Wednesday, March 13, 2019

2018 One-Week-Run Manhattan Premieres

I thought I was going to catch up with a few more 2018 films before making this list, but one day I looked around and the films were all gone from theaters. So here are my favorite films that played at least one week in Manhattan for the first time in 2018, in approximate order of preference:

1. The Day After (Hong Sang-soo, South Korea)
2. Classical Period (Ted Fendt, USA)
3. Western (Valeska Grisebach, Germany)
4. 24 Frames (Abbas Kiarostami, Iran)
5. The Grief of Others (Patrick Wang, USA)
6. Dim the Fluorescents (Daniel Warth, Canada)
7. Support the Girls (Andrew Bujalski, USA)
8. The Banishment (Andrey Zvyagintsev, Russia)
9. Ray Meets Helen (Alan Rudolph, USA)
10. Ismael's Ghosts (Arnaud Desplechin, France)
11. Mrs. Hyde (Serge Bozon, France)
12. Before We Vanish (Kiyoshi Kurosawa, Japan)
13. On Body and Soul (Ildikó Enyedi, Hungary)
14. Notes on an Appearance (Ricky D'Ambrose, USA)
15. Dovlatov (Alexey German Jr., Russia)
16. Rodin (Jacques Doillon, France)

Pretty good year, though only four of these films actually premiered in 2018. I consider any theatrical premiere that feels like a new film to me: in this list, that includes 2007's The Banishment and 2015's The Grief of Others, but not 1953's When You Read This Letter and 1949's Rendez-vous de juillet, hotsy-totsy though both are. Nor The Other Side of the Wind...

I didn't see many documentaries, but I liked 12 Days (Raymond Depardon, France), The Rest I Make Up (Michelle Memran, USA) and Pow Wow (Robinson Devor, USA).

Thursday, January 18, 2018

2017 Manhattan One-Week-Run Premieres

I've probably seen as many first-run 2017 releases as I'm going to. So here are my favorite films that played at least one week in Manhattan for the first time in 2017, in approximate order of preference:

1. Staying Vertical (Alain Guiraudie, France)
2. The Unknown Girl (Luc and Jean-Pierre Dardenne, Belgium)
3. Mister Universo (Tizza Covi and Rainer Frimmel, Italy/Austria)
4. How Heavy This Hammer (Kazik Radwanski, Canada)
5. Downsizing (Alexander Payne, USA)
6. I Hate Myself :) (Joanna Arnow, USA)
7. Hermia & Helena (Matias Pineiro, Argentina/USA)
8. The Wedding Plan (Rama Burshtein, Israel)
9. Marjorie Prime (Michael Almereyda, USA)
10. Ma Loute (Slack Bay) (Bruno Dumont, France)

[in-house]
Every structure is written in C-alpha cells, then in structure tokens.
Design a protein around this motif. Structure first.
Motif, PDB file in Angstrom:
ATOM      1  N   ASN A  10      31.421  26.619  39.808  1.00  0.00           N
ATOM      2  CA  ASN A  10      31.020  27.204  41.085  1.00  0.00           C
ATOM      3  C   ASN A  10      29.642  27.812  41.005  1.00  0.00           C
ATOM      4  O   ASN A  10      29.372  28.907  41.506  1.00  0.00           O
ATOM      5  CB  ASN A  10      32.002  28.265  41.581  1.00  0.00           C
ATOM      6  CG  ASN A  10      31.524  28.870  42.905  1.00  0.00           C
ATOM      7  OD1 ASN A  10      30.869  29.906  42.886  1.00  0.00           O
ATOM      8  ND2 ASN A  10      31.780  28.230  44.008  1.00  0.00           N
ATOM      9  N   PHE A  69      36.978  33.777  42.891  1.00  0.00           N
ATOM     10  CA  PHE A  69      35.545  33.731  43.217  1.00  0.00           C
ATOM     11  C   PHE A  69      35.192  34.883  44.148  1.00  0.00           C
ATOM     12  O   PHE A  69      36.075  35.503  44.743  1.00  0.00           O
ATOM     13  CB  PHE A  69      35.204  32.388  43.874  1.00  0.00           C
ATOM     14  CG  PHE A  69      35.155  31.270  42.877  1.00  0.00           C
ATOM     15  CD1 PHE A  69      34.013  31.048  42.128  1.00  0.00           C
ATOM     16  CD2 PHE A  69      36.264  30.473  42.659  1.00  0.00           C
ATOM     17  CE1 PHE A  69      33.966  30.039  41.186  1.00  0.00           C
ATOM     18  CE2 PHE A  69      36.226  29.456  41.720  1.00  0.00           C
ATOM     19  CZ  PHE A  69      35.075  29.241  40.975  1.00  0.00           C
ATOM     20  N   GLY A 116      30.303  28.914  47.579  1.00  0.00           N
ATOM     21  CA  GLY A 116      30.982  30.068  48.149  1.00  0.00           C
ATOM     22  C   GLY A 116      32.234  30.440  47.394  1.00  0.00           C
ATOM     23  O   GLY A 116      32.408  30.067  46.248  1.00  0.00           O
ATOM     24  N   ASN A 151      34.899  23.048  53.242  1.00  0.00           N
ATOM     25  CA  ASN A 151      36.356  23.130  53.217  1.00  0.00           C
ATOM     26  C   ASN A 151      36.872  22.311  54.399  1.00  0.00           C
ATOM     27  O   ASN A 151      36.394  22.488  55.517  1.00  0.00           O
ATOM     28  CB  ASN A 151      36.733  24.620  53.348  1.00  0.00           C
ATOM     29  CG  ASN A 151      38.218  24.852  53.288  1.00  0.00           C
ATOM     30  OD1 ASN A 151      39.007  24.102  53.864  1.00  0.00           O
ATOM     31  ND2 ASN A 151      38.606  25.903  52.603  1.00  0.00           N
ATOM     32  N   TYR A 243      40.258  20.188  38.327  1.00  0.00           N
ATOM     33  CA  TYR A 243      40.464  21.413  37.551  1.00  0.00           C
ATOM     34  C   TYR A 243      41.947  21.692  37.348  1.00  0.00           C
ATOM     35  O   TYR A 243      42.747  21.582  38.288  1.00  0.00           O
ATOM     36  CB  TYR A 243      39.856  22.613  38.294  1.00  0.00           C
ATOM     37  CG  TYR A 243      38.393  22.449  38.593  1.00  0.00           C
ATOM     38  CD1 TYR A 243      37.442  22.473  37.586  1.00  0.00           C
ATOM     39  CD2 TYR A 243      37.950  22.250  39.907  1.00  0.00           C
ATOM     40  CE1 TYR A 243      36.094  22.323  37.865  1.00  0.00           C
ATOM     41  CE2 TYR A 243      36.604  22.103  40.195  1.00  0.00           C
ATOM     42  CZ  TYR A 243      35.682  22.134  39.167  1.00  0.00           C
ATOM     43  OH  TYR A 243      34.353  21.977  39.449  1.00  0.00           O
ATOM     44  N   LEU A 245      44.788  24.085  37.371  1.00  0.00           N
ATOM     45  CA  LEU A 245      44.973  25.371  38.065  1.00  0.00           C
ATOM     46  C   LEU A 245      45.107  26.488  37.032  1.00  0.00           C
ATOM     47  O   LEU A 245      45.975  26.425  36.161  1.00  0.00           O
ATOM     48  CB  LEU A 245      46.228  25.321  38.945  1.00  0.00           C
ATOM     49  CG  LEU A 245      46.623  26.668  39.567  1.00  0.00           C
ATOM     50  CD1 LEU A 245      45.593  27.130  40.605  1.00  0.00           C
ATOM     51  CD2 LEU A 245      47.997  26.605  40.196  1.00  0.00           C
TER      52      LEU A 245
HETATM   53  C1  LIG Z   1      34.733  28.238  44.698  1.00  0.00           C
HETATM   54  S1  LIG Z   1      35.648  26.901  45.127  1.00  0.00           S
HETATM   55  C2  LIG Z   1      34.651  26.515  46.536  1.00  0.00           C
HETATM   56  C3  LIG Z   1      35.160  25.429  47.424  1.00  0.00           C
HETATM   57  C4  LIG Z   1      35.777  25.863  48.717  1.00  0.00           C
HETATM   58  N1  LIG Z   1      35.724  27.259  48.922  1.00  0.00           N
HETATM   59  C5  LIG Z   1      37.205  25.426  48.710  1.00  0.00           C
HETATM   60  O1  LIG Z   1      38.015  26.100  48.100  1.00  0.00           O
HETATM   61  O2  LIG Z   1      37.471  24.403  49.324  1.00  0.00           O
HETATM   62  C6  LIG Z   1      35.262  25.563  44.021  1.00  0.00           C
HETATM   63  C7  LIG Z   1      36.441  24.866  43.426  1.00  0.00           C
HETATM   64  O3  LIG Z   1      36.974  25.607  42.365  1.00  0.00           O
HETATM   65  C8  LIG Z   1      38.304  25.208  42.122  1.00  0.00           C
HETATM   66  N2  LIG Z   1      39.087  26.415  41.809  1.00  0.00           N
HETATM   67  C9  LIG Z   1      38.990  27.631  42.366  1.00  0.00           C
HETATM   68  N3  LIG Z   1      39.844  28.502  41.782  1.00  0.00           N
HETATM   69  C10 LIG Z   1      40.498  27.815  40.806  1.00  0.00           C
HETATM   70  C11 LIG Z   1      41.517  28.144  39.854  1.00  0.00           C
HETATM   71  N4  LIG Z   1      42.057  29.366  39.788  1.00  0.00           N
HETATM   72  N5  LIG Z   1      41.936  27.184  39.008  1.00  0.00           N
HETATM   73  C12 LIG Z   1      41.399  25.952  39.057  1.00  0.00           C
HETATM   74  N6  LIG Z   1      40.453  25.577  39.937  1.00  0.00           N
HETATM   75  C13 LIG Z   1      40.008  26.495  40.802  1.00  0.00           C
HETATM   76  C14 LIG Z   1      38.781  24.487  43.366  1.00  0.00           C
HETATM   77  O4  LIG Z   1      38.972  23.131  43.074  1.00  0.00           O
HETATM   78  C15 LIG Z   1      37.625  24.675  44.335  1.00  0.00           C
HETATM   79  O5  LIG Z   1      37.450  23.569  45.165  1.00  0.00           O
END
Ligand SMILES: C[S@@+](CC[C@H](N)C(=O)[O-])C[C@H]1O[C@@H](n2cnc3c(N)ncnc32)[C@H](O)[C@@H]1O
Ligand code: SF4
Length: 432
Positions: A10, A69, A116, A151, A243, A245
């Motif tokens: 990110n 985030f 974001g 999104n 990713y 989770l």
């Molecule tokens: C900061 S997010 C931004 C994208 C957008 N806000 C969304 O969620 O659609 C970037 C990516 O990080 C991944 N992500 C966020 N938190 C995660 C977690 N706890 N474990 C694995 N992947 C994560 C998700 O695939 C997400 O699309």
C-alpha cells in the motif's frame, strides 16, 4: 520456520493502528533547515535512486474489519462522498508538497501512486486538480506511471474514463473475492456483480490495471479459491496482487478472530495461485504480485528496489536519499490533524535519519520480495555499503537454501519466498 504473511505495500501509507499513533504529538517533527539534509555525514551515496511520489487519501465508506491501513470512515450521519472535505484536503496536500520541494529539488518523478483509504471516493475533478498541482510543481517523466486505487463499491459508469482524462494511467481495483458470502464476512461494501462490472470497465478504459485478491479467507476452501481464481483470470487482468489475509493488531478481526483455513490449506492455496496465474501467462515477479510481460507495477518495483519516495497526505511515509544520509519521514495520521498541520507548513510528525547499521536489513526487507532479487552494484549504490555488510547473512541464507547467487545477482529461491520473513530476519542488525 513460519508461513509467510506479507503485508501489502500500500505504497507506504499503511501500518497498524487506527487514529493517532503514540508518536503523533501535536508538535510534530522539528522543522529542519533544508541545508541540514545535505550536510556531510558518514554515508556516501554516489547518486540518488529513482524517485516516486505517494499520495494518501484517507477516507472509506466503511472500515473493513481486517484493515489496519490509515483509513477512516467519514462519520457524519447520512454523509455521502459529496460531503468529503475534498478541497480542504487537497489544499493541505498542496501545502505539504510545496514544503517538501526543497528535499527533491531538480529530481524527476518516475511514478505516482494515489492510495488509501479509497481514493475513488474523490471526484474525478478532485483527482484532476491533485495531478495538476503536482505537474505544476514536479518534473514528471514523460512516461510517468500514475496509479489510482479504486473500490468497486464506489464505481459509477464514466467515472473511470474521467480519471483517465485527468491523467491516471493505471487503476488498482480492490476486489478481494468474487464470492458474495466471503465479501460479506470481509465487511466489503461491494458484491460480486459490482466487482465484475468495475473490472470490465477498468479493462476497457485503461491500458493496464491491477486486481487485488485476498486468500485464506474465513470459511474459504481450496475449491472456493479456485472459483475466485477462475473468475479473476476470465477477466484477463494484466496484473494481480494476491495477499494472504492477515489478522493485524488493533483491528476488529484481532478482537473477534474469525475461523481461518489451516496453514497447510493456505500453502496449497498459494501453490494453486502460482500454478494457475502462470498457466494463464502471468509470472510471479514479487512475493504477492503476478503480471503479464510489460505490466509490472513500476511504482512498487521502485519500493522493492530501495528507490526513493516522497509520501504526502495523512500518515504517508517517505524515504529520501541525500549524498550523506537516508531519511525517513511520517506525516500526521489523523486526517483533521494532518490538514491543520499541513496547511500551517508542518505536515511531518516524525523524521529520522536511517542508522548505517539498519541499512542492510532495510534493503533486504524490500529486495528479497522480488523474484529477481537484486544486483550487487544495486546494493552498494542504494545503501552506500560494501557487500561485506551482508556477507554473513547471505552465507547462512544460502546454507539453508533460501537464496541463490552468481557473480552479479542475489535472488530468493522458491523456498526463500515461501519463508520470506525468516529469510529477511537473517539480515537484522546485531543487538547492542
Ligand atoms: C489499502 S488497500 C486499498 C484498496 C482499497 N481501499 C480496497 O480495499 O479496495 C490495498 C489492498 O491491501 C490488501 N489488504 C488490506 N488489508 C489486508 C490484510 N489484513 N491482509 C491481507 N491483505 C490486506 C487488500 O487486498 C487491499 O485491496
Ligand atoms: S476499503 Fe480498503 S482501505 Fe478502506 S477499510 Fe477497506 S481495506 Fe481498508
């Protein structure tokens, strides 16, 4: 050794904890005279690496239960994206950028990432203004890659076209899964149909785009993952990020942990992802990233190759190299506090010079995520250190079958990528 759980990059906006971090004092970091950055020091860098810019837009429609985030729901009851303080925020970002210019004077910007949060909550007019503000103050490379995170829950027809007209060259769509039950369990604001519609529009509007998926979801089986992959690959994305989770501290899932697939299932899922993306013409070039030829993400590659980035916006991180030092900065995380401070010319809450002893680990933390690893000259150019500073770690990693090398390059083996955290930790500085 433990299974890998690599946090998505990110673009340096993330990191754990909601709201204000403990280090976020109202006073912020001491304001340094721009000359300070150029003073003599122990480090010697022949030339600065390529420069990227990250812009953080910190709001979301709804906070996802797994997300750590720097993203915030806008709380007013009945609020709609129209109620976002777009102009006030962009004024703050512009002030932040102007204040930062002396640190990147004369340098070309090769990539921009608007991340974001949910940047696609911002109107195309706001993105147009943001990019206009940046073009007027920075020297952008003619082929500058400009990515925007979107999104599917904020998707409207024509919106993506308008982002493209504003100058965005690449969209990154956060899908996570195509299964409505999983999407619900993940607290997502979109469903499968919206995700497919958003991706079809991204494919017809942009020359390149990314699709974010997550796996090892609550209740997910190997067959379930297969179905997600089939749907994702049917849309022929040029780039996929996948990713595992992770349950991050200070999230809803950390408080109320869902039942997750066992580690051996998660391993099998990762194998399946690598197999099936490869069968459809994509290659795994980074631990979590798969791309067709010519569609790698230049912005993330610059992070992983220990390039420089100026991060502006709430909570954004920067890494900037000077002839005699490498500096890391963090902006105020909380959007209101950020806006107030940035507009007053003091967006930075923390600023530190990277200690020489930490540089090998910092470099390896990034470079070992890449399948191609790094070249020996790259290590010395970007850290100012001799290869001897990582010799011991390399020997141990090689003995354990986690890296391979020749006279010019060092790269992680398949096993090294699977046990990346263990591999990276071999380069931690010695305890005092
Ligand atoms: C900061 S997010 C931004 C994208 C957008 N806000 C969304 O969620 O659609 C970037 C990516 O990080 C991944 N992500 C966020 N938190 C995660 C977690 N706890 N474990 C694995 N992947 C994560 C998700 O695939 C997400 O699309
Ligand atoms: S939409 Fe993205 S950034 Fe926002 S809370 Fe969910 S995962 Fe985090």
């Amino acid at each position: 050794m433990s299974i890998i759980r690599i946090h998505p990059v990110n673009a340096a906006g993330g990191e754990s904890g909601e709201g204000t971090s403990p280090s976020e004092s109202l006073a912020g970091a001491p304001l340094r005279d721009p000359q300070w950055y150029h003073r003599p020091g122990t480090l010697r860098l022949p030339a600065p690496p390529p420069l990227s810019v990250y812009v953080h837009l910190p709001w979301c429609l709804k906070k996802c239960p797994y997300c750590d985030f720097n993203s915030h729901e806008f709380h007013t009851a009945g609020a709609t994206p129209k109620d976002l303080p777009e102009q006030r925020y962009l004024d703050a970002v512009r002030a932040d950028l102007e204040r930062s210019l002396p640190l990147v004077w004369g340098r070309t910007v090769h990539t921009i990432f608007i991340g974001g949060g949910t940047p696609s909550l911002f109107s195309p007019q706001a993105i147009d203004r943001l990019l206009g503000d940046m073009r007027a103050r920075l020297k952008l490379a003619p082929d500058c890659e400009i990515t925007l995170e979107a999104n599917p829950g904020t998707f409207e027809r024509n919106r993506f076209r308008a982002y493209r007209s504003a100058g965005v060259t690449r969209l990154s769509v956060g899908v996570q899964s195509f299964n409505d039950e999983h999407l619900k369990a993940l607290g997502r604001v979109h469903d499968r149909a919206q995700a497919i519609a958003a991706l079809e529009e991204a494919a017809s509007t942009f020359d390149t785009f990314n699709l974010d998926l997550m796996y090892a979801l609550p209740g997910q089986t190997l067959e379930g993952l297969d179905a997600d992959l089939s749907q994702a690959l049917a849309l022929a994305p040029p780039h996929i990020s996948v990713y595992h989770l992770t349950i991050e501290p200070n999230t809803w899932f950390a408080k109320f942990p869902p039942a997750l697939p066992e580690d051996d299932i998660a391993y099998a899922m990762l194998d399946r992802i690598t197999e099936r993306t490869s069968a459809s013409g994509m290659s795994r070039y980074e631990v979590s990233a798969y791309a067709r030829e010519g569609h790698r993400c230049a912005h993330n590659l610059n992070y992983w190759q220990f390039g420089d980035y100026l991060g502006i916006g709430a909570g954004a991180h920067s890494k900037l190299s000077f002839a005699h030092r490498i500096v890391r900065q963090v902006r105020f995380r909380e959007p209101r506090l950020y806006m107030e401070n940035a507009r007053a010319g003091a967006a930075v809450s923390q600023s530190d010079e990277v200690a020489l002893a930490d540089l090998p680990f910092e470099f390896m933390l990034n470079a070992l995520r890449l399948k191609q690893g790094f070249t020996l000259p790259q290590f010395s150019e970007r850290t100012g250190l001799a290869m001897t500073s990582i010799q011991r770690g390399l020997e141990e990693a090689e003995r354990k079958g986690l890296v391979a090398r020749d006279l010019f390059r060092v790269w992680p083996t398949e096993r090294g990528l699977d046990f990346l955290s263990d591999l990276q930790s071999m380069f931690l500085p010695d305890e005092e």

11. La Patota (Paulina) (Santiago Mitre, Argentina)
12. A Ghost Story (David Lowery, USA)

A few good films that received their first NYC theatrical run this year felt too old to put on a 2017 list: Yang's Taipei Story, Hou's Daughter of the Nile.

Lately I wonder why I even make this list. I keep a perfectly good list of favorite films by international release date. What gets released in the US in a given year is in the lap of the gods. Theoretically one makes such a list because those are the films one's readers are likely to have seen. But that's no longer the case, if it ever was: many of the films on my list were exhibited in such a DIY fashion that they were barely more accessible than a one-day booking. (Those DIY bookings are awesome, by the way, don't get me wrong.) I'll probably keep these lists coming, just out of habit - but if you don't see one next year, you'll know why.

Saturday, June 10, 2017

Lubitsch's Angel, 1978

I wrote this paper on Ernst Lubitsch's 1937 Angel when I was 22 years old, for a 1978 Steve Mamber class at UCLA. As usual with my early film writing, I'm embarrassed by the paper's youthful arrogance and excessive zeal for categorization. But the current Lubitsch retrospective at Film Forum prompted some friends to ask me for writing on Angel (one of my very favorite films), and I'll never have the chance to go into this much detail again. Below are scans of the original paper, with some of Steve's sensible criticisms still visible. I took the liberty of omitting a useless introductory paragraph.

Wednesday, February 8, 2017

James Bridges

In a comment on my last post, dm494 asked for a blurb on James Bridges' Mike's Murder that I wrote in 1984 for the Los Angeles Reader. I don't think much of the blurb, but here it is, along with a second blurb on Bridges' 1985 Perfect.

Thursday, January 26, 2017

2016 Manhattan One-Week-Run Premieres

Here are my favorite films that played at least one week in Manhattan for the first time in 2016, in approximate order of preference:
  1. L'avenir (Things to Come) (Mia Hansen-Løve, France)
  2. Manchester by the Sea (Kenneth Lonergan, USA)
  3. The Apostate (Federico Veiroj, Uruguay/Spain)
  4. Fireworks Wednesday (Asghar Farhadi, Iran)
  5. Trois souvenirs de ma jeunesse (My Golden Days) (Arnaud Desplechin, France)
  6. For the Plasma (Bingham Bryant and Kyle Molzan, USA)
  7. Francofonia (Aleksandr Sokurov, France)
  8. Mia Madre (Nanni Moretti, Italy)
  9. Short Stay (Ted Fendt, USA)
  10. A Hologram for the King (Tom Tykwer, USA/Germany)
  11. Right Now, Wrong Then (Hong Sang-soo, South Korea)
  12. The Fits (Anna Rose Holmer, USA)
  13. Fatima (Philippe Faucon, France)